An Orange city councilman was killed Thursday when a wrong-way driver struck his car head-on in Orange Park Acres, officials said.
Steven Frank Ambriz, 35, died shortly after the 5:30 p.m. collision on Santiago Canyon Road near Windes Drive, about four miles from his home.
Ambriz was at the wheel of his Toyota Camry when a woman coming the other way in a pickup crossed the yellow-striped median and slammed into his car. Ambriz was airlifted to Western Medical Center-Santa Ana where he was pronounced dead.
The woman was taken to UCI Medical Center in Orange and was in critical condition.
She was placed under arrest on suspicion of driving under the influence of drugs, according to Assemblyman Todd Spitzer, who said police told him of the arrest.
A native of Orange, Ambriz graduated from Orange High School in 1988 and Cal State Fullerton in 1994. After college, he worked for Orange, overseeing programs to correctly install child car seats.
He was chief of staff for Spitzer, then an Orange County supervisor, beginning in 1998, then was elected to the Orange City Council in 2002, becoming one of its youngest members.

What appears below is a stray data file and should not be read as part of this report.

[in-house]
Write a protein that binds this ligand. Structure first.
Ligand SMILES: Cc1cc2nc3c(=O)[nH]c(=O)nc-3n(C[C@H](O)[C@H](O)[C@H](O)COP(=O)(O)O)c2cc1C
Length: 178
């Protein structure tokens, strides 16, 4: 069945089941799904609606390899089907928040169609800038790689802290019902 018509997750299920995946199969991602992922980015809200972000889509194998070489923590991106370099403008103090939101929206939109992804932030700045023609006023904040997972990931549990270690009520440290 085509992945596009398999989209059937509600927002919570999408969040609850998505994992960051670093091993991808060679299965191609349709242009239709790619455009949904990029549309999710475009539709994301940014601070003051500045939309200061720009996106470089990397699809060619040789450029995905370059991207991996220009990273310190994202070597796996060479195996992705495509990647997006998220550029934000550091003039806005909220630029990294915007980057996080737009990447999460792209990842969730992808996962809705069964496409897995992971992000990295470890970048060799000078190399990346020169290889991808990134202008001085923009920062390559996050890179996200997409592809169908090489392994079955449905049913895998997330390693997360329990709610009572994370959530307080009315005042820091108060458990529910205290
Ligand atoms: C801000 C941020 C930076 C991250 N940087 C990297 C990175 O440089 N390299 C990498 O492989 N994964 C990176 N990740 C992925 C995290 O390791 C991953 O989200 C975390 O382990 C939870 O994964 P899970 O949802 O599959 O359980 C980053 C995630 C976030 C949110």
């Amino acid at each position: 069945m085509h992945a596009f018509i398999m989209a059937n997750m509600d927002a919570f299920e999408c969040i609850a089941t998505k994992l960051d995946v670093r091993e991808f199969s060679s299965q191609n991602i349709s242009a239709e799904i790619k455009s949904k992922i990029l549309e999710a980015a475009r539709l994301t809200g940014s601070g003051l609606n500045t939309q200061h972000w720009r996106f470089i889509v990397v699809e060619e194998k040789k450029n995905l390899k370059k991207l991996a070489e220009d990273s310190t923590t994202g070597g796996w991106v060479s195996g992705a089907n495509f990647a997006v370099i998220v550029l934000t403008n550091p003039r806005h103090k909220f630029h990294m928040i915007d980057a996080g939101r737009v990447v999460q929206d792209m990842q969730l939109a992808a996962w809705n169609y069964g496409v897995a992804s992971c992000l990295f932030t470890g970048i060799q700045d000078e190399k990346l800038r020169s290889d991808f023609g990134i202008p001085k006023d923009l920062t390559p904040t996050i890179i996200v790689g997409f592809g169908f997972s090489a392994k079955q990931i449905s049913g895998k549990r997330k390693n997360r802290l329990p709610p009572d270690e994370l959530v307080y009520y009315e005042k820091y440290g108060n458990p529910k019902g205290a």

Friends on Thursday remembered Ambriz as a tireless volunteer who urged others to get involved in community work. He volunteered for organizations including the Orange International Street Fair, the Boys and Girls Club and the Muscular Dystrophy Assn.
Spitzer said he attended a fundraiser for Orange County Sheriff Michael S. Carona's reelection campaign with Ambriz on Saturday and said Ambriz had told him he was going to teach a CPR seminar in Anaheim the next day.
"He worked tirelessly to make sure children were safe," Spitzer said.
"It's a tragic irony because he made sure kids were safe in cars."
Ambriz "left a legacy of community service that he'll long be remembered for," Orange Mayor Mark Murphy said.
"Aside from his family, his next top priority was causes, whether it was cancer or the senior center. He was a warm, caring guy."
On the City Council, Ambriz focused on public safety issues. Recently, he had proposed improvements to city parks, Murphy said.
"He was not shy about the administrative work or rolling up his sleeves to roll out the chairs or clean up," he said. "That's how he lived his life."
Ambriz is survived by his wife, Bridget, and their 3-year-old daughter, Kaitlyn.